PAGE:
by Gary Jennings ‧ RELEASE DATE: Nov. 10, 1987
From the always sharp-eyed historical novelist Jennings, a 700+-page, exhaustively researched re-creation of 19th-century circus life--but without the power and magic that informed Aztec (1980) and The Journeyer (1984). As the Civil War limps to a close, Confederate Colonel Zachary Edge and his trusty Sergeant Obie Yount ride wearily away from Appomattox, heading back home to the Blue Ridge Mountains and uncertain employment. To Edge's amazement, an elephant nearly stumbles over their camp one night--and he and Yount are introduced to a rundown traveling circus with one mangy lion, a fortuneteller, a not-so-tiny midget, and an extremely ambitious circus director: an urban Alsatian named Florian who wants to work his way back to Europe (the real home of circuses) and fame. The two rebels cast in their lots (Edge as a trick shooter, Yount performing feats of strength) and tag along up through the States to Baltimore, and then across the Atlantic to Italy. There, circus life really begins. Edge meets and falls in love with an English tightrope walker named Autumn Auburn; Florian's circus, gaining in wonderful acts and popularity, travels up the boot to Austria, then Hungary, finally to the splendidly described Russia of Tsar Alexander, where peasant girls are frozen alive to make buffet centerpieces. All is not grand success, however: an unstable Hungarian lesbian named Paprika viciously disrupts lives before taking a swan dive from the high wire; a flame-swallower gruesomely ends his life after his wife's unfaithfulness; and Edge's beloved Autumn kills herself after contracting a wasting disease. But the circus goes on; it ends up in besieged Paris during the brutal winter of the Franco-Persian War, and survives: when Florian dies of a stroke, Edge, now a full-fledged circus man, takes the helm. Ever didactic, Jennings gives the reader page after page of fascinating 19th-century circus arcana. But unlike Aztec and The Journeyer (whose first-person narrations gave a powerful coming-of-age feel), Spangle lacks a strong viewpoint character through which to filter the seemingly endless historical data (Edge is almost without personality). Therefore: a disappointment to Jennings fans, although hats off for a gargantuan effort.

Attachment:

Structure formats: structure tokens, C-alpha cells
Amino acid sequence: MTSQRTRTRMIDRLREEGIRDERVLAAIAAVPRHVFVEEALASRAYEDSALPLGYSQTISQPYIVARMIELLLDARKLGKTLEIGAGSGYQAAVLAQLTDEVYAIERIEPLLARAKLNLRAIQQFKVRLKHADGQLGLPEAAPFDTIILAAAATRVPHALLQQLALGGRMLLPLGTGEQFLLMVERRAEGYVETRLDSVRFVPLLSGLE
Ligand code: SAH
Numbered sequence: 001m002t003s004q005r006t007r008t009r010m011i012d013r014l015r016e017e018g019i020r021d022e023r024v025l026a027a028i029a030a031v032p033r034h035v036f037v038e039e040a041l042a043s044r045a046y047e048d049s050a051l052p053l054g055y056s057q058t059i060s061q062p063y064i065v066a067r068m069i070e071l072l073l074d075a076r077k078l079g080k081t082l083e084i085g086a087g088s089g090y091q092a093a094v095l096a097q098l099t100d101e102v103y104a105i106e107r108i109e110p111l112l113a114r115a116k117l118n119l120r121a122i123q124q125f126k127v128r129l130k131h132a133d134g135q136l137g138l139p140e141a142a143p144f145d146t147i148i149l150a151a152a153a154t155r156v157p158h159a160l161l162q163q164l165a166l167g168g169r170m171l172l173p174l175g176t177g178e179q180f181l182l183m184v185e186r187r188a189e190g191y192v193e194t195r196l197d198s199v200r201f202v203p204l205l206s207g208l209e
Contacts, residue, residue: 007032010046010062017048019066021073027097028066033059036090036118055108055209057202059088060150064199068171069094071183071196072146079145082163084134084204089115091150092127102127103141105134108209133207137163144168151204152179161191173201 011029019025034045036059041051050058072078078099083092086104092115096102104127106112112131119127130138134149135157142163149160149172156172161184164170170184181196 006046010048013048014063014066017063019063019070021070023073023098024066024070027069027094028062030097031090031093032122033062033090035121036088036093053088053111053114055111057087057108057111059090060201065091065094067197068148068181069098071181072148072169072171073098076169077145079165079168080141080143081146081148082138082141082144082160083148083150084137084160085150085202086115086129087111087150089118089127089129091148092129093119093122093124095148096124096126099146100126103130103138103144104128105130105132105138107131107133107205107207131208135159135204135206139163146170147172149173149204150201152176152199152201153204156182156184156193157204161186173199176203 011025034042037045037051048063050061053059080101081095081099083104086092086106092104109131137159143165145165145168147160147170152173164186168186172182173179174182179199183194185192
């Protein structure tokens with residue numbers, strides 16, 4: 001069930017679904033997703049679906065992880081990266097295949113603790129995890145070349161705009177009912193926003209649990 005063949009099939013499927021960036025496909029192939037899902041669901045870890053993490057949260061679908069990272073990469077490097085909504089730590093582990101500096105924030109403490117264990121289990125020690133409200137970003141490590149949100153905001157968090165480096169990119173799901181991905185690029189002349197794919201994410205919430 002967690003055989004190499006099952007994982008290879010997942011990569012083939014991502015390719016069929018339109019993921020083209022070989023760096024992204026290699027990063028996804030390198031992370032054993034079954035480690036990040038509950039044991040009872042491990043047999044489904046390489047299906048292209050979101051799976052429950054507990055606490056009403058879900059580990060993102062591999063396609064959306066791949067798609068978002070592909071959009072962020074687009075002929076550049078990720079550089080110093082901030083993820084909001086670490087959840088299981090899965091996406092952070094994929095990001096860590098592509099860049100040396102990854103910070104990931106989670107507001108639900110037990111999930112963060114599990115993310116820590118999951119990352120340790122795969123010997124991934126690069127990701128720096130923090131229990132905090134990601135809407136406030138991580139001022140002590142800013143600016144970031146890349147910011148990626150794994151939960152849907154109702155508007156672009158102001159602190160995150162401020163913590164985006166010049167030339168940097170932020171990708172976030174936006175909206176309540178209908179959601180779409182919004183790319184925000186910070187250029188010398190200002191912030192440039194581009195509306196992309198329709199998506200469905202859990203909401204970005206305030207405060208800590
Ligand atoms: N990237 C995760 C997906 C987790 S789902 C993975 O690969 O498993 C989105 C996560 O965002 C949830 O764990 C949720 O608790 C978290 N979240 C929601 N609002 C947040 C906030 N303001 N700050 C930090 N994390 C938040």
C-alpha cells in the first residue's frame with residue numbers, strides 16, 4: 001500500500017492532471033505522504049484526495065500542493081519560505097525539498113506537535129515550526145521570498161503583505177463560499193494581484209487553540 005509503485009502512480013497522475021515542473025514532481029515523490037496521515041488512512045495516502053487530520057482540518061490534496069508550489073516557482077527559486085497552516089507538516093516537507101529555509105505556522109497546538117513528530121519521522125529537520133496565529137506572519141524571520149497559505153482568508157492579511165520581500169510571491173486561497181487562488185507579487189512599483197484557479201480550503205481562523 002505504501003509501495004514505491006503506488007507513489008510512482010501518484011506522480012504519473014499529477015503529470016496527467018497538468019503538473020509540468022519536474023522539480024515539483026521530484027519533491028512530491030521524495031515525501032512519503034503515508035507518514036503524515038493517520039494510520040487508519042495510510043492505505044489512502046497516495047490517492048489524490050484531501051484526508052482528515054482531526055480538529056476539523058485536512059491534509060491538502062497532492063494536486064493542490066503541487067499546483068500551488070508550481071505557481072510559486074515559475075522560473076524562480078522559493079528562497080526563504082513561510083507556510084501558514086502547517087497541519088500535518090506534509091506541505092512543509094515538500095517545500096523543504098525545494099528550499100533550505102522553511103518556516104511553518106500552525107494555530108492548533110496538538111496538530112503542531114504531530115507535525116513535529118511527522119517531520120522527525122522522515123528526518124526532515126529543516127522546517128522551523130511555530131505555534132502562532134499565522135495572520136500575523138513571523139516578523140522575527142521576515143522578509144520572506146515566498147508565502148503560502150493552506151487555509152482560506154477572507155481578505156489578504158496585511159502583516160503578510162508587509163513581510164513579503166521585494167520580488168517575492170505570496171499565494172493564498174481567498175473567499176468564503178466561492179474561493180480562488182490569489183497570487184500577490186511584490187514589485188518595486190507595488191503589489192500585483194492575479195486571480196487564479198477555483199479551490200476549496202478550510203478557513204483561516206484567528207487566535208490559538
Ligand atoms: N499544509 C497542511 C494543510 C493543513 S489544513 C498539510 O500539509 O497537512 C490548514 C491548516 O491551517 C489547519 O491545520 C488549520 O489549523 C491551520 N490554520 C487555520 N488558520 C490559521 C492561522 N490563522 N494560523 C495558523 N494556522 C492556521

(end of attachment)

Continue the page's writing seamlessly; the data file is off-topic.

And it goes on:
Pub Date: Nov. 10, 1987
Page Count: -
Review Posted Online: N/A
Kirkus Reviews Issue: Oct. 15, 1987
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